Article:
Exploring the Impact of Food-Related Trauma

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Anxiety disorders and eating disorders are two separate conditions, but they are both common. They often go hand in hand, and

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Anxiety disorders and eating disorders are two separate conditions, but they are both common. They often go hand in hand, and research has shown strong connections between them. In fact, eating-disordered patients are more likely to have anxiety than not, with nearly 56% of all people with eating disorders being diagnosed with anxiety.[1]

Whether you’re someone with a co-occurring disorder or if you know someone who is, understanding how they impact each other can help to find better treatment methods that make a meaningful impact. So let’s take a look at eating disorders and anxiety and how medical experts and eating disorder treatment programs help the recovery journey.

The Impacts of an Anxiety Disorder

While most studies agree that the effects of anxiety often overlap with eating disorders, these conditions also have their own set of symptoms. Therefore, quality treatment programs and facilities customize care and understand what affects them most. Finding effective methods to treat the anxiety can impact eating disorders recovery in a positive way.

There are many forms of anxiety disorders, with some under the same umbrella as eating disorders. These include obsessive-compulsive disorder (OCD), social anxiety disorder (SAD), post-traumatic stress disorder (PTSD), and generalized anxiety disorder (GAD). Common symptoms may include:

  • Rigid body postures and feelings of self-consciousness
  • Irrational fears about particular objects or situations
  • Chest pains, sweating, and trembling
  • Feeling out of control in particular situations
  • Increased heart rate

Without proper treatment, these symptoms may create behaviors that lead to other conditions. That’s where anxiety disorders and eating disorders begin to impact one another.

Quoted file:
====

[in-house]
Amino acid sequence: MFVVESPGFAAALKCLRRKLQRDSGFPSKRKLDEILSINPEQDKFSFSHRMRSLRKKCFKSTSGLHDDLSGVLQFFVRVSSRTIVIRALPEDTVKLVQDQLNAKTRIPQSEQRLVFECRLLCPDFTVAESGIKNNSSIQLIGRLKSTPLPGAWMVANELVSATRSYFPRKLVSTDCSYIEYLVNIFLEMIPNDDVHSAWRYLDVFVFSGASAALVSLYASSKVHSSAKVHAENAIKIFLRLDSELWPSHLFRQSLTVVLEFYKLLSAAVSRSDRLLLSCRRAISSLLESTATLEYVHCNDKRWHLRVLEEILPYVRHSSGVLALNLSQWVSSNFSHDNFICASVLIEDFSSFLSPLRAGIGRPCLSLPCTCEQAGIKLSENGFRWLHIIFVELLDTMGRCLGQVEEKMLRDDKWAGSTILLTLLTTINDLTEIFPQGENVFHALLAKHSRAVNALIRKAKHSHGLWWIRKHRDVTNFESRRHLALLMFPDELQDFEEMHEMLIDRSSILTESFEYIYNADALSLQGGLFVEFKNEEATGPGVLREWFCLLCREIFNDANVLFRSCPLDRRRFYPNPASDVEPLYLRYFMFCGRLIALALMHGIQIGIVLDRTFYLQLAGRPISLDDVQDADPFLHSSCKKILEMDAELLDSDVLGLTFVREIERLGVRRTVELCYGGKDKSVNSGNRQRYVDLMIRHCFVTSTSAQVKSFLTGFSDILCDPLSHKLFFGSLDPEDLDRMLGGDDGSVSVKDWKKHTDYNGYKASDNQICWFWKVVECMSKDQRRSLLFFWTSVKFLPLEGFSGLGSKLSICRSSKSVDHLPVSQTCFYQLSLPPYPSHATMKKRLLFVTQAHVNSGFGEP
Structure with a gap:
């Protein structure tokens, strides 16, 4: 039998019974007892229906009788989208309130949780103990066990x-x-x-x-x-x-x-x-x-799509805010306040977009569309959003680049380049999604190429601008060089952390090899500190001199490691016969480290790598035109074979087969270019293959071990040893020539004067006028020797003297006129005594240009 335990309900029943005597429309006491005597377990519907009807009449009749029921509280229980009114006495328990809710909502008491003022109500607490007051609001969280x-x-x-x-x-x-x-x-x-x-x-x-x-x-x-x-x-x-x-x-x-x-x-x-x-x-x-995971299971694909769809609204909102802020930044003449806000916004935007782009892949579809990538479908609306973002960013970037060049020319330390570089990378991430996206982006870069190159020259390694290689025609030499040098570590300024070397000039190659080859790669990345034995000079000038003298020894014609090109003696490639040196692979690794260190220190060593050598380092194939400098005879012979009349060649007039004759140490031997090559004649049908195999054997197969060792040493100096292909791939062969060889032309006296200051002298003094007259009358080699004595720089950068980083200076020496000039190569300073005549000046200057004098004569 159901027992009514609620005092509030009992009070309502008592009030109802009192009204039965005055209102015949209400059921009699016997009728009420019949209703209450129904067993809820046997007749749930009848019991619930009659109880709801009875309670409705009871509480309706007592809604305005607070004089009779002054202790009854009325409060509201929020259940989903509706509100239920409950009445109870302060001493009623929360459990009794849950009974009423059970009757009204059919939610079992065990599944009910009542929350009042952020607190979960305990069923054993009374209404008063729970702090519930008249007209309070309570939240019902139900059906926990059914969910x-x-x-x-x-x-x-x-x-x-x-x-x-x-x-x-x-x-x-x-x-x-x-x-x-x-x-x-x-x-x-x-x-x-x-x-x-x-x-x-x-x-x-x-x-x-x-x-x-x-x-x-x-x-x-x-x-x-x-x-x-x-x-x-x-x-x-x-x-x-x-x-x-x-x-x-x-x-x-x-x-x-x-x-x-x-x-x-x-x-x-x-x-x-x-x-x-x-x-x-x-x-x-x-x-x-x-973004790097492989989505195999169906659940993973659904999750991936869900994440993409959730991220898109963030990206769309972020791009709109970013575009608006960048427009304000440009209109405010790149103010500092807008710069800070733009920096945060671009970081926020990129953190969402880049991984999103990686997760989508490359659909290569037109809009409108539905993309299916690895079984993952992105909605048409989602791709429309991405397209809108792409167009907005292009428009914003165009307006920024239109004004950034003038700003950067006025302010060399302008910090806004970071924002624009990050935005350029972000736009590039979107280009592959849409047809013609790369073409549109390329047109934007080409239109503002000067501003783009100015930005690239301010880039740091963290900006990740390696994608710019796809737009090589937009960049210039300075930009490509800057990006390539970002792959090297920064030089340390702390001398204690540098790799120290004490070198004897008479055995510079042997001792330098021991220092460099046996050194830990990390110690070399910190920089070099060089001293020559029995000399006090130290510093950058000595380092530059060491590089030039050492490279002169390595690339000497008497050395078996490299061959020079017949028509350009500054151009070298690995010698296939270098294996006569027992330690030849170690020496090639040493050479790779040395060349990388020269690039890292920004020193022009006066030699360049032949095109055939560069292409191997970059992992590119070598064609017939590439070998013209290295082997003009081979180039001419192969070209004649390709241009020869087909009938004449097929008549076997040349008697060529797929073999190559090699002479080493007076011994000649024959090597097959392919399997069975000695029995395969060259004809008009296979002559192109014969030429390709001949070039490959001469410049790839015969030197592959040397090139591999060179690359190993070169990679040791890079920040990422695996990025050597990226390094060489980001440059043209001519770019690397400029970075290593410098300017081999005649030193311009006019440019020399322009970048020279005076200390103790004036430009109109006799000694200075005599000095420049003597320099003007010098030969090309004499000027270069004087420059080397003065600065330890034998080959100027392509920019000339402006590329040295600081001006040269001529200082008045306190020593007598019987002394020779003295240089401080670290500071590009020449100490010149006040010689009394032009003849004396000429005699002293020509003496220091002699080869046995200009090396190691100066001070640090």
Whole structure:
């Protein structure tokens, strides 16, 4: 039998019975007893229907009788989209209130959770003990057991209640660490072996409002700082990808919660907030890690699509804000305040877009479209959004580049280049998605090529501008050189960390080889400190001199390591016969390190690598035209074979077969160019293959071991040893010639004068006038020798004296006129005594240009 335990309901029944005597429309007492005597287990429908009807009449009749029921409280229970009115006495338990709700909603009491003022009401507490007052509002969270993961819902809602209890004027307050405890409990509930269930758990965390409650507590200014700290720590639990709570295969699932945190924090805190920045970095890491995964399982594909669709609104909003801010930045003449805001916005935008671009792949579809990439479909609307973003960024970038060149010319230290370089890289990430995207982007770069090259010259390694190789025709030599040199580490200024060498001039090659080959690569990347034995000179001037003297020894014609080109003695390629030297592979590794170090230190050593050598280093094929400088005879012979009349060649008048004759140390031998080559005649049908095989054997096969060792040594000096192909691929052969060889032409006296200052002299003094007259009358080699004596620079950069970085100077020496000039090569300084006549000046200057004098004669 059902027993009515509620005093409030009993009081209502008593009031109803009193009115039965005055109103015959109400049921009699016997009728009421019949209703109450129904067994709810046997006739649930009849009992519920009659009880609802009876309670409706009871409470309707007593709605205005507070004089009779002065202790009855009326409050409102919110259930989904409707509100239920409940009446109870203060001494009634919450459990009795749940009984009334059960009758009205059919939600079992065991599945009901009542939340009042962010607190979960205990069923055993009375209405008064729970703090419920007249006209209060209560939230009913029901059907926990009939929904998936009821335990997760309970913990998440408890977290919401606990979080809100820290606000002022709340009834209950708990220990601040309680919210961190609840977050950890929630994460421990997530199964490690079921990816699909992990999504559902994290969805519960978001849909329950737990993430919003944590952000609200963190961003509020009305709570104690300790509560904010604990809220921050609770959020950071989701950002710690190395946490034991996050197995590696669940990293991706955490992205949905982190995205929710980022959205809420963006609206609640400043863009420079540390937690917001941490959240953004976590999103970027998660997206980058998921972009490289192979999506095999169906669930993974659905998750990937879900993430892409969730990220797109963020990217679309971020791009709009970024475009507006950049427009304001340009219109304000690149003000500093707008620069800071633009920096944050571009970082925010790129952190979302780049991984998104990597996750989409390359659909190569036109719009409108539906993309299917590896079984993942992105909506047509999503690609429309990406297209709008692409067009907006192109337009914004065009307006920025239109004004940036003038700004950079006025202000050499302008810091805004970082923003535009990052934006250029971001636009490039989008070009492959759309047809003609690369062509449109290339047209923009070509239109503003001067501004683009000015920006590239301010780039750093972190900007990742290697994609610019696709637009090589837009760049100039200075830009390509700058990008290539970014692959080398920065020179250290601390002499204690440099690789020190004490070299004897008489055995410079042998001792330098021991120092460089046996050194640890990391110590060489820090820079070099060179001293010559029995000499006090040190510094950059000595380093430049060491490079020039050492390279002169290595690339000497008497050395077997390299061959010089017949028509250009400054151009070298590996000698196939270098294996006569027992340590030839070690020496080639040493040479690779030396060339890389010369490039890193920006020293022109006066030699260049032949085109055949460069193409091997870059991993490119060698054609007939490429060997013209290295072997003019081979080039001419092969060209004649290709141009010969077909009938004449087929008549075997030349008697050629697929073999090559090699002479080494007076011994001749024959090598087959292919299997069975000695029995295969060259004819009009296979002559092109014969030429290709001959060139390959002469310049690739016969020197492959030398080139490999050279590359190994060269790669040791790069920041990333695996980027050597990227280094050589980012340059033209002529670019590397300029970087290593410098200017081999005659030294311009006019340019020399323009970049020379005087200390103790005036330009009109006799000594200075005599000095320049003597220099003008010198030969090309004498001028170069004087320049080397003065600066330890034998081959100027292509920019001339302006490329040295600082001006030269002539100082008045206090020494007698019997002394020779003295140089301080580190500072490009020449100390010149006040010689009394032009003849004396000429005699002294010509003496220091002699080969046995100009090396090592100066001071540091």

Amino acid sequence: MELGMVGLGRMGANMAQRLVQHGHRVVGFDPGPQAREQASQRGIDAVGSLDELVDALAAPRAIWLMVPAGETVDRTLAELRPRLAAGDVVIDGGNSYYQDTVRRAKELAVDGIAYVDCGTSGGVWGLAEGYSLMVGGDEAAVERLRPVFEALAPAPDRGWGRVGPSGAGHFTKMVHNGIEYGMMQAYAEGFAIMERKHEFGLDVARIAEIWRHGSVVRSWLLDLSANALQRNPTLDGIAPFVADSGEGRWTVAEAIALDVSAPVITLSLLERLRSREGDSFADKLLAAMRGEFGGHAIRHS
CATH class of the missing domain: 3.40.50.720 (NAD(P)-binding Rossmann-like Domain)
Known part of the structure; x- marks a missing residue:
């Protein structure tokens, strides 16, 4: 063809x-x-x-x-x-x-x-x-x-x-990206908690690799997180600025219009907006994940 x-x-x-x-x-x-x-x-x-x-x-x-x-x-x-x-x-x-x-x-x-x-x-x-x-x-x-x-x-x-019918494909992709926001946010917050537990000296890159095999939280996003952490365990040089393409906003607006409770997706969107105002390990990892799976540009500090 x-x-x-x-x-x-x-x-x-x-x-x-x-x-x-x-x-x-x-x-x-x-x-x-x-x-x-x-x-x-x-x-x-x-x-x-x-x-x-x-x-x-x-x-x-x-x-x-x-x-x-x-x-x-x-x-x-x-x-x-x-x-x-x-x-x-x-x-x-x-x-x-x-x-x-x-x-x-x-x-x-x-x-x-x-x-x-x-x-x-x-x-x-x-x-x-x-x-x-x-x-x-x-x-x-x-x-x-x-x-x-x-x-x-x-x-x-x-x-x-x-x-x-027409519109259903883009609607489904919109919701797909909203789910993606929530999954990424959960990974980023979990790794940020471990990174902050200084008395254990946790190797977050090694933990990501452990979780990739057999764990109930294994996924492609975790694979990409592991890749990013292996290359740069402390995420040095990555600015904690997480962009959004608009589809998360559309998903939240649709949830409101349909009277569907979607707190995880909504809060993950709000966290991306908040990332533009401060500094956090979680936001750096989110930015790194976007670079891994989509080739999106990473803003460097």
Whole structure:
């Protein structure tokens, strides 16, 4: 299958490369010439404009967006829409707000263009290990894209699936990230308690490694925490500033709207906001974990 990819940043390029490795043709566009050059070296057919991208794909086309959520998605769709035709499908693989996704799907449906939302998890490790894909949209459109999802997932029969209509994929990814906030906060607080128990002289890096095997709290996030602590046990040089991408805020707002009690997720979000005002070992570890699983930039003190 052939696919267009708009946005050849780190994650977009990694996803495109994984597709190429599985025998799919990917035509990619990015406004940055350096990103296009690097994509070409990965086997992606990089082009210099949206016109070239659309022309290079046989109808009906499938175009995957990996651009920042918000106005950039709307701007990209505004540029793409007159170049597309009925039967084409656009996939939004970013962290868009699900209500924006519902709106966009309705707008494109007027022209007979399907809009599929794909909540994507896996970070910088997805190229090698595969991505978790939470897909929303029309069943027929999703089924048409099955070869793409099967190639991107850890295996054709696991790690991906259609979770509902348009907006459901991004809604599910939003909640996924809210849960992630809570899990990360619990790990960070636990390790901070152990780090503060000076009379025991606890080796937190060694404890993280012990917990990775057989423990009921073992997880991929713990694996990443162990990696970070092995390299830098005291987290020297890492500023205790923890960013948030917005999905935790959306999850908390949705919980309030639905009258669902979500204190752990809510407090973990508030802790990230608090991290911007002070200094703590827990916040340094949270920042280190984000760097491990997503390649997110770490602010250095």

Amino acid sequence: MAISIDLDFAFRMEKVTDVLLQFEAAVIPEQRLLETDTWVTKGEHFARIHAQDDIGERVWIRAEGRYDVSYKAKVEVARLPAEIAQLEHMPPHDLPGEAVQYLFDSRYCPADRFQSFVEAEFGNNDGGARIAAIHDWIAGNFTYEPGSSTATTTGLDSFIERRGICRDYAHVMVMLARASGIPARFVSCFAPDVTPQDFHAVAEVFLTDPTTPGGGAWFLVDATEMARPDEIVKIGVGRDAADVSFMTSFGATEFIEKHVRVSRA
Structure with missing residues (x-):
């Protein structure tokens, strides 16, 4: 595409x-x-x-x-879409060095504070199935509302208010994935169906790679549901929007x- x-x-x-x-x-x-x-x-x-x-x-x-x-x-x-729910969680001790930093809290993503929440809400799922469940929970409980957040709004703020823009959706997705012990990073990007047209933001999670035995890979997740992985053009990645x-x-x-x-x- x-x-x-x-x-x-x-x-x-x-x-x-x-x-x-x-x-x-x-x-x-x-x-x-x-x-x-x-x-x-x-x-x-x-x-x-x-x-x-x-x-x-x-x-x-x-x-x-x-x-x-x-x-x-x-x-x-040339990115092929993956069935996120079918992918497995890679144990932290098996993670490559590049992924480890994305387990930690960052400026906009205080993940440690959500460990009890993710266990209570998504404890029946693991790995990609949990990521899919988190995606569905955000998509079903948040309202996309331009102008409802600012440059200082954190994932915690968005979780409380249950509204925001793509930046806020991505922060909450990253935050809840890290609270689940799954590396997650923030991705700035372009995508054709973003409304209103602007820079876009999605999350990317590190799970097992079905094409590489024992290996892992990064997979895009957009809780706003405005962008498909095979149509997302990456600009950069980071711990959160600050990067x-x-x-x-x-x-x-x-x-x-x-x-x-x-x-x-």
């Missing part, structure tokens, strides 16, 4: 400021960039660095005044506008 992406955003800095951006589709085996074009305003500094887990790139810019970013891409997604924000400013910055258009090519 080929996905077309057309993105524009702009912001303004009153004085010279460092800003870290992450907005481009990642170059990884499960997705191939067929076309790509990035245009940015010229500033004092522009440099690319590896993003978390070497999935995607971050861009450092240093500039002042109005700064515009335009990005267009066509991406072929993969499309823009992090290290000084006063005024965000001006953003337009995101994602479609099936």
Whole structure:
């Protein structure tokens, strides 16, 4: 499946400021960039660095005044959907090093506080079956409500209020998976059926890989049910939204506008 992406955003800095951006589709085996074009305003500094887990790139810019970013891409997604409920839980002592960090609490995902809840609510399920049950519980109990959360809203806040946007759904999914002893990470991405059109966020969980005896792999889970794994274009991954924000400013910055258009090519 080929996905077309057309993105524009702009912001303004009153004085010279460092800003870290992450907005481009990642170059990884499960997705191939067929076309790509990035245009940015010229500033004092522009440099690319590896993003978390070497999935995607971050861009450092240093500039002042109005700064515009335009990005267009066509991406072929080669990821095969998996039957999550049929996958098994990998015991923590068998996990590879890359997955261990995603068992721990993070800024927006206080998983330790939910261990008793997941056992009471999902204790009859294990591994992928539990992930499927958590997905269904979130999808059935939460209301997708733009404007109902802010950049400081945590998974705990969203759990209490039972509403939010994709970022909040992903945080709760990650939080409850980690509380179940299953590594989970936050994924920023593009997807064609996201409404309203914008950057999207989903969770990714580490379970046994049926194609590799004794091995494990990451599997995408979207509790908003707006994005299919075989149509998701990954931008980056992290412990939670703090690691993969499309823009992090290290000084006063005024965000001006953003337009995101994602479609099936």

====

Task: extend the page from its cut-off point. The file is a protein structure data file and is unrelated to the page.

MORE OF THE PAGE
How Anxiety and Eating Disorders Overlap

Not every person with anxiety will have an eating disorder or vice versa, but they overlap when people with anxiety find it difficult to cope. Eating disorders are conditions that progress over some time and often develop as a way to feel control. Conversely, anxiety disorders can stem from environmental factors, past traumatic experiences, or even genetics.

In addition, some individuals’ anxiety results from how some people view their bodies, and there’s evidence that both conditions can be inherited from family genetics. If you have direct relatives currently dealing with anxiety or have dealt with it in the past, statistics show that you’re almost three times more likely to develop conditions like GAD or OCD.[2]

Another overlapping factor is that anxiety and eating disorders are prevalent in adolescents beginning to experience different feelings, emotions, and beliefs in elementary, middle, and high school. The fear and anxiety that comes from changes in the body during teen years can often lead to thoughts and feelings that impact behavioral patterns and decision-making.

With so many overlapping factors, you might wonder if the right support is available and how to find it. Should treatment begin by addressing anxiety or eating disorders first? Where do you go to secure the support you might need?

Treating Anxiety and Eating Disorders and Recovery

Long-term recovery isn’t out of reach. For individuals dealing with anxiety or eating disorders, it’s not uncommon for things to seem daunting, a heightened feeling when dealing with co-occurring conditions. But with professional support from the clinical team at Selah House, you can receive eating disorder treatment with various support programs that guide you through the ups and downs of the process. In the heart of Indiana, our women’s eating disorder treatment center uses evidence-based methods in your recovery journey.

Team up with Selah House by filling out a contact form or giving us a call at 765.442.3551 to learn more about how to get you or a loved one the support needed.

 

 

 

Sources:

https://adaa.org/understanding-anxiety/related-illnesses/eating-disorders

[1] https://www.goodrx.com/conditions/eating-disorders/eating-disorders-and-health

[2] https://www.ncbi.nlm.nih.gov/pmc/articles/PMC5945734/

 

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